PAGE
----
how to make pvc dancing birds

Following that, I developed the habit of buying PVC pipe in the spring and working on them during the summer months when I wasn’t sailing or playing golf. Every now and then I would sell them off the front step or out of the garage, with whatever was left going to the craft fair. As a result, by the time the really cold weather arrived, I would have a garage to put the car back in.

It was about eight years ago that I began creating these birds out of PVC pipe. It all began when, during my Florida winter, I bought multiple patterns. There was a gentleman selling them at the neighborhood flea market, making them with great abandon. He made enough money from his work to pay for his summertime trip back up north to his fishing camp. Since I had not seen anyone else practicing this craft in the area where we recently moved, it seemed to fit the bill for something different I could do as a hobby.

I was given a fresh idea last year when a friend offered me some cedar that he had cut from his woodlot. Although most of the patterns I had seen on wood were made on a smaller scale, Three blocks together allowed me to build a sturdy base. After that, all that was left to do was manipulate the bends to give the impression of a mother bird holding a fish in its beak, with a baby pleading for it and another baby peering down for its own (which could just as easily be both looking up). This became an instant hit. I sold several from the front step. The furnace repairman was coming to visit this fall, and I had two ready to go to the craft show. He purchased both of them right out of the garage. I had my furnace serviced and came out ahead financially!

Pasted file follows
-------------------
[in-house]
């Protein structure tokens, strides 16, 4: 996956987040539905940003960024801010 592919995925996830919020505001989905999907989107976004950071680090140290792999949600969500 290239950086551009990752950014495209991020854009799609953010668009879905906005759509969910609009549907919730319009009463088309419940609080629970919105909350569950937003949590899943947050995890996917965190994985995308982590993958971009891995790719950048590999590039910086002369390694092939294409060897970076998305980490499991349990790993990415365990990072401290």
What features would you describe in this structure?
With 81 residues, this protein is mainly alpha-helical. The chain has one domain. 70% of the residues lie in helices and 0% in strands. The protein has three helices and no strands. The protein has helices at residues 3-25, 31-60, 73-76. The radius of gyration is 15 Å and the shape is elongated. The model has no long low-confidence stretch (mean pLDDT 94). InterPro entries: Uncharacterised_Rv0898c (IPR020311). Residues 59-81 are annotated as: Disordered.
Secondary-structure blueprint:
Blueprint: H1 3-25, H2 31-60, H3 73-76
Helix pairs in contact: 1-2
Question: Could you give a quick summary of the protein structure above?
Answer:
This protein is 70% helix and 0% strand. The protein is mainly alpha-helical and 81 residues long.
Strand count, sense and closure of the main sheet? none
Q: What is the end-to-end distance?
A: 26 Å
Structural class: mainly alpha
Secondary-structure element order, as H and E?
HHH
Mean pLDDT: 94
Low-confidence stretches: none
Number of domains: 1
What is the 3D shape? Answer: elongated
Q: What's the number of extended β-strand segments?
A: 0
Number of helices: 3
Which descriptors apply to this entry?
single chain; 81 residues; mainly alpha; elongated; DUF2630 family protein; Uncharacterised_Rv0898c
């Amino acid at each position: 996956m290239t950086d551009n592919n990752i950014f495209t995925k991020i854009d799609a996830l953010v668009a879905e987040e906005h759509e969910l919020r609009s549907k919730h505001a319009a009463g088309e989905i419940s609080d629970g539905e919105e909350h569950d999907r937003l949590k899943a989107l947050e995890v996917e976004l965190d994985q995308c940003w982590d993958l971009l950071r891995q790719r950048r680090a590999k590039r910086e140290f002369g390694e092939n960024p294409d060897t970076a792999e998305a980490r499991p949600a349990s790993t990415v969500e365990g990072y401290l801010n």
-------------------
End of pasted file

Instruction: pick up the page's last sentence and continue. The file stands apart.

My first experiment involved making a smaller pattern to represent a mother and child on a single block. This worked for all the different larger bird types. I eventually began creating my own bases from a mixture of cement and sand as well because I was unable to find any that were the right size.

Over the years I experimented with different designs. For example, I saw a Great Egret standing in the marsh while I was strolling through the park. It seemed intriguing to me and it would work with the 4-inch pipe I was using. I browsed through multiple images on the internet and created a design that mimicked the bird I had observed on the marsh. The result was a success.